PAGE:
Incremental Plagiarism: How to Avoid the Serious Consequences

By: | August 25, 2020 | Tags: ,

Do you know what counts as incremental plagiarism?

If you are a blogger or other type of writer, you should know what incremental plagiarism is in order to avoid committing it.

Incremental plagiarism is a crime.

This post will answer the question, “What is incremental plagiarism.”

By the time you’re done reading, you’ll know the serious repercussions of incremental plagiarism and how you can avoid committing incremental plagiarism.

Are you ready to learn how to avoid incremental plagiarism?

What is Incremental Plagiarism?

To what degree is your writing original? If you can’t honestly answer, “100%,” you may be guilty of incremental plagiarism.

Incremental plagiarism is plagiarism that occurs in increments. In other words, most of the writing is original, but there are spots that are lifted from another piece of content or other pieces of content without being properly quoted.

Content Credibility and Incremental Plagiarism: How to Avoid the Serious Consequences

incremental plagiarism

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In this day and age, everybody has their own website, blog, or vlog but there’s a high chance that the content you see on those sites is not the website owner’s original content.

How can this be a guaranteed fact? Because nobody thinks for themselves anymore. To be fair, there actually are sites out there with purely original content, but for the most part, a lot of the content on various sites have been plagiarized.

The term “plagiarized” is used very loosely here. That’s not saying that website owners are going around stealing word for word content from other sites, per se. But there are lots of websites looking to other websites for information and “rearranging” the words to make it their own. It’s also pretty common to see ideas plagiarized as well.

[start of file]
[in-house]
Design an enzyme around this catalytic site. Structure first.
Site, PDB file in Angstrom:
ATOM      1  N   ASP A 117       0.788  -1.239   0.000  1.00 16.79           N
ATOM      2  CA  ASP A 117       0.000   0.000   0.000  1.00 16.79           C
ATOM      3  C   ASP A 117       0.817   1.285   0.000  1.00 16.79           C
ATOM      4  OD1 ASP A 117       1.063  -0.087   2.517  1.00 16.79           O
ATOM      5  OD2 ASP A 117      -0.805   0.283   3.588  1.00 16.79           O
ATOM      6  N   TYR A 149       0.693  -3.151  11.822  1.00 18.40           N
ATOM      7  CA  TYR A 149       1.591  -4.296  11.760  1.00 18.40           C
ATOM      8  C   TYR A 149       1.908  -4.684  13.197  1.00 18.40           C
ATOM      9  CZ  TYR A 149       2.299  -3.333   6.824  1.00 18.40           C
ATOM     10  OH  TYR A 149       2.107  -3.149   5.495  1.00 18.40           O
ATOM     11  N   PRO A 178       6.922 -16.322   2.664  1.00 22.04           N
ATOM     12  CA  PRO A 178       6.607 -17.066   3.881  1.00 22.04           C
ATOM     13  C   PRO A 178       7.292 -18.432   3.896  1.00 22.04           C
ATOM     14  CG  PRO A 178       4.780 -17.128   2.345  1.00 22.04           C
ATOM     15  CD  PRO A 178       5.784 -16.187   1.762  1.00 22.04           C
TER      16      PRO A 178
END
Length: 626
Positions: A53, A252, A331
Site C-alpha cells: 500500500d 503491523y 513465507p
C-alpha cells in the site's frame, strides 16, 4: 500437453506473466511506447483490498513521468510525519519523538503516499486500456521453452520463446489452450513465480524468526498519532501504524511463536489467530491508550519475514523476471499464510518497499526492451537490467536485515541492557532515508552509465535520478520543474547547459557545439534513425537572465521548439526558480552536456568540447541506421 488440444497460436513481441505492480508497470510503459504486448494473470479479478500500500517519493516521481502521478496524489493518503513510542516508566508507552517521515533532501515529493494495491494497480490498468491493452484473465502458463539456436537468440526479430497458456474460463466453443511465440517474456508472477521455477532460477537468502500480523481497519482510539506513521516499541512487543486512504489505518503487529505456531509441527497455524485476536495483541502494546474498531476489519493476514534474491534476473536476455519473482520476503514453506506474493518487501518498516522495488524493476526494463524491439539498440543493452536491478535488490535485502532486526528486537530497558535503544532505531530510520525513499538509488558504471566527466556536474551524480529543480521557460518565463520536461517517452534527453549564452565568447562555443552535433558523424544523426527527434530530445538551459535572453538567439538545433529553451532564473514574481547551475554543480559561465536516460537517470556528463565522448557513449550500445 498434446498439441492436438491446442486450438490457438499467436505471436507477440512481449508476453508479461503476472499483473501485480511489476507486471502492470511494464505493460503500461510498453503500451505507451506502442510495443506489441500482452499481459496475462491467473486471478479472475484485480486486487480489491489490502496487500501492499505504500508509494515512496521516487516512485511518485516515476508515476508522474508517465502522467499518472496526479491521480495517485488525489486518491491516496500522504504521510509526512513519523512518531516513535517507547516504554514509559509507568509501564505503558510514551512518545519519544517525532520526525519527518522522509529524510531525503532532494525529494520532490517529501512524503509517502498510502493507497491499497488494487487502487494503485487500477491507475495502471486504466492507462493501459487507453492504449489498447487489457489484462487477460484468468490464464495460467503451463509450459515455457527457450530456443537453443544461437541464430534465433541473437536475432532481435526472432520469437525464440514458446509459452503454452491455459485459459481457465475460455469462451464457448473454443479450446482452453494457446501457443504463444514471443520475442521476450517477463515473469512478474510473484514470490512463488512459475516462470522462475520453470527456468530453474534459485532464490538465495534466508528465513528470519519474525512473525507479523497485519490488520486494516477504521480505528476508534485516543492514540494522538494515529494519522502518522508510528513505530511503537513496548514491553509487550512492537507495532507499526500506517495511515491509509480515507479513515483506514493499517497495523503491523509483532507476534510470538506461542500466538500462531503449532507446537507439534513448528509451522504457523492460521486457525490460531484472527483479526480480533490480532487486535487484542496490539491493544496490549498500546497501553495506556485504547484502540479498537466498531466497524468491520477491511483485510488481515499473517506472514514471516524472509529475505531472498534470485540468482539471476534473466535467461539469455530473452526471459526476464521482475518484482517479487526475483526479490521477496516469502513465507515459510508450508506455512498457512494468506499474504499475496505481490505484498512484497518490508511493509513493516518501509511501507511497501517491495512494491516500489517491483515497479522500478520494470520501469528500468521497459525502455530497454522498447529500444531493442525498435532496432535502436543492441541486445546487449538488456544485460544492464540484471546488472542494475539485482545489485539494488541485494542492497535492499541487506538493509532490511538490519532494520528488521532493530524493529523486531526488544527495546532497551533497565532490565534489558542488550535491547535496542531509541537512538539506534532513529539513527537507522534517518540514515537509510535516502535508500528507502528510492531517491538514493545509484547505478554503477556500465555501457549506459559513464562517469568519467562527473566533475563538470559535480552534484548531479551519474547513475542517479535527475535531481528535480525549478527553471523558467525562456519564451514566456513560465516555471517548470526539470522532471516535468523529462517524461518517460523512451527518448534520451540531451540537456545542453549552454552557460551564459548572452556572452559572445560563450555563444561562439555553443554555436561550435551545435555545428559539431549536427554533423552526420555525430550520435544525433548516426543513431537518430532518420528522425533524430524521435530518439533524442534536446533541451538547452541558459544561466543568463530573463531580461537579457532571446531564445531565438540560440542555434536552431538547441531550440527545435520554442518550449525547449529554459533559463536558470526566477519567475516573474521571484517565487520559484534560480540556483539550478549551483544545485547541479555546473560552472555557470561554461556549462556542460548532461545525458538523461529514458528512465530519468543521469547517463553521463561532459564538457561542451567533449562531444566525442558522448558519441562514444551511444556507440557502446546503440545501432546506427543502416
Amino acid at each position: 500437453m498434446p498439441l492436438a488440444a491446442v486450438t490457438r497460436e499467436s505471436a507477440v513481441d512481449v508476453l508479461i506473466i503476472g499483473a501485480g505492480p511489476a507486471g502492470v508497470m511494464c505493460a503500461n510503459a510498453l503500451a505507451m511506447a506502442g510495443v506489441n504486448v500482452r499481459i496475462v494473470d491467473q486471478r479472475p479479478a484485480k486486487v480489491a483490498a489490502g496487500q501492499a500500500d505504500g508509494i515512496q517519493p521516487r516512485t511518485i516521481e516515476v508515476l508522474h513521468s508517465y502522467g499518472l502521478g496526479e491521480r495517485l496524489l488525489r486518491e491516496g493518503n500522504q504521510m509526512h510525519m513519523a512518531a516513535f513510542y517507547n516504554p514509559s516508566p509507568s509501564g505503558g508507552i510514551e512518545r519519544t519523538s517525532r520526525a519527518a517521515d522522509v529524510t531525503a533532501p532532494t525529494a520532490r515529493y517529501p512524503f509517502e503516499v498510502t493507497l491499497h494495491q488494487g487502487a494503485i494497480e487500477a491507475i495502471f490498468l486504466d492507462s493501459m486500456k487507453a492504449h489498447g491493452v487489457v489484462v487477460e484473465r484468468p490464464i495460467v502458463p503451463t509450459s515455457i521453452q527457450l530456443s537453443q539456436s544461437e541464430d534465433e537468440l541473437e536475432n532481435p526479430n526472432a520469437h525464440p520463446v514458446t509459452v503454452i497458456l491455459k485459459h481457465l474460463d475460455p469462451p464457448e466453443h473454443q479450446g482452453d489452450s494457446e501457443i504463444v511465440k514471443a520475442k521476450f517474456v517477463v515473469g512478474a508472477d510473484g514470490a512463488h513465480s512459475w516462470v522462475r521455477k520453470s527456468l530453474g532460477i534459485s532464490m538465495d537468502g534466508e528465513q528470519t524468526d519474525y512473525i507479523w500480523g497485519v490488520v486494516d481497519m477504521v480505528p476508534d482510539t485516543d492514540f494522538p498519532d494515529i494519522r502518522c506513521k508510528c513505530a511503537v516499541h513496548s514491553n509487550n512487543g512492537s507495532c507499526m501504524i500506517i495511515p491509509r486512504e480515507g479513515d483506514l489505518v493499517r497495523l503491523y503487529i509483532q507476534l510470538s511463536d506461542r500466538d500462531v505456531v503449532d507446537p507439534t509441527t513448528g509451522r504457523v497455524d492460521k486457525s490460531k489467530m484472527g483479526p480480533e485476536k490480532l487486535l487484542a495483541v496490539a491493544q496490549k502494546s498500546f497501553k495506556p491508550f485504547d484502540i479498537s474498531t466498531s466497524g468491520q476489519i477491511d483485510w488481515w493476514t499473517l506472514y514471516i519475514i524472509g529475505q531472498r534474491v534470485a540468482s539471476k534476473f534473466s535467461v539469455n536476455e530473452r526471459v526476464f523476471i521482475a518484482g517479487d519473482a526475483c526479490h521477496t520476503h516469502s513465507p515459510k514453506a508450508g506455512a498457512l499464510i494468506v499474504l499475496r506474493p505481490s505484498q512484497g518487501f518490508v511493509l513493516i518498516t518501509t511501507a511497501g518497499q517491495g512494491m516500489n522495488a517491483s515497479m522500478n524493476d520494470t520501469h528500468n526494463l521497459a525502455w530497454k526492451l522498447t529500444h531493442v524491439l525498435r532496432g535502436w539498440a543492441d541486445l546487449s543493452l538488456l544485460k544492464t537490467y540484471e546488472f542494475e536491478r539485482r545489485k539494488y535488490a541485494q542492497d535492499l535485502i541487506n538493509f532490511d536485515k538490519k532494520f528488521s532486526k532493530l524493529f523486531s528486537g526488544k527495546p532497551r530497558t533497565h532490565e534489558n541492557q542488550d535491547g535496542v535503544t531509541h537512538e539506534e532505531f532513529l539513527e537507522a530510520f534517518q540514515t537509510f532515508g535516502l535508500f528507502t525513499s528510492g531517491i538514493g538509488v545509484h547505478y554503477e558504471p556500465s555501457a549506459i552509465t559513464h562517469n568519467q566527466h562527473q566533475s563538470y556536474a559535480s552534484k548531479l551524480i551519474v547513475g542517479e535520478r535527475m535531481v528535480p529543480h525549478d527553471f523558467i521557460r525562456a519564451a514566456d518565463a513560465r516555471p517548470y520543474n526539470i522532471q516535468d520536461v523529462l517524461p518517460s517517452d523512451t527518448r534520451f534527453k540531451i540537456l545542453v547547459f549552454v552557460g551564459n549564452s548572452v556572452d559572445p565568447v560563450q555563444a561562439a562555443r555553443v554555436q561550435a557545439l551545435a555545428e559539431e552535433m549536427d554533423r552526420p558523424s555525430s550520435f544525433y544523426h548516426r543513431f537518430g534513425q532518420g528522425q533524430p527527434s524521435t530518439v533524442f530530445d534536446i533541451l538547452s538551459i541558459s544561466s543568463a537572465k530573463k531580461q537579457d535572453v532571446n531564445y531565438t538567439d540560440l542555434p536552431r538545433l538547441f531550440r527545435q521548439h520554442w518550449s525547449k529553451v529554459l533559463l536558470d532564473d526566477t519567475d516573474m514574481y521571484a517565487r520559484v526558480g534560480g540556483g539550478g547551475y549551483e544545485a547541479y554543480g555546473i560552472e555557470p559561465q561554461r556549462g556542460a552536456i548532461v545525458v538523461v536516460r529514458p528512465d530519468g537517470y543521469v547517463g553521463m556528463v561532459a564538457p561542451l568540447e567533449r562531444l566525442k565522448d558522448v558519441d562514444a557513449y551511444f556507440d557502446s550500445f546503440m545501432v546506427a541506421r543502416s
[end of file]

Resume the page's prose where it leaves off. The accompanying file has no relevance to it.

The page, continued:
Maybe this “almost/kind of” plagiarizing could be called “light plagiarizing?”

Can you get sued for plagiarism?

The thing to understand about plagiarizing content is that although it’s not a true criminal act, it can be viewed as one if the content you use infringes on an author or writer’s copyright, intellectual property rights, or their trademark. When this happens, an author could sue a plagiarizer in a court of law for copyright violations.

But let’s be honest here… A lot of writers may have great ideas in their heads and may need just a little help getting their start in the intro or just need a little help in their conclusion… If they get inspiration from other sites on how to best utilize their words and word placement, would that still be considered as plagiarizing?

So what’s considered plagiarizing and what’s not?

It seems as though this particular word, “plagiarism,” is very complex in its boundaries and lines that can’t be crossed. Fortunately, as technology has advanced, so has software programs that help you avoid this type of word theft. But it’s also important to note that plagiarism isn’t always deliberate either. Plagiarism is a deliberate act of stealing some else’s content and crediting it as your own.

There is so much information out there that you could be writing on a particular topic and the verbiage you use could be flagged as a stolen piece.

The truth of the matter is that it’s just so easy to be accused of plagiarism, even if it wasn’t your intent. But in knowing how easy it is to be accused of this, you want to make sure you protect yourself with business insurance. This applies to you whether you’re a freelance writer or if you have a writing business. There are sites that will help you create a policy customized for you.

Ultimately, the goal is to not have to use your policy but it’s a safety net to have in case you need it. If you indeed enjoy writing but want to protect yourself from getting sued for potentially plagiarizing someone else’s work, there are a few things you can do to ensure your work is your own and you give credit where credit is due.

How to Maintain Content Credibility and Avoid Plagiarism

Credit and Source Any Type of Numerical/Statistical Data You Present

Unless you have a statistical computing machine down in your basement or if you’re just that knowledgeable on world news, there’s no way you’re going to know how many millions or billions of people use social media or how many car accidents happened in Nebraska in 2016. 

To protect yourself with statistical data in your content, you want to make sure you always credit where you obtained that information. Not doing so will cause your readers to ask how you came up with that number. So, to save yourself the embarrassment, include the link to the site where you found the information… It’s just less stressful.

Note Where Your Ideas Come From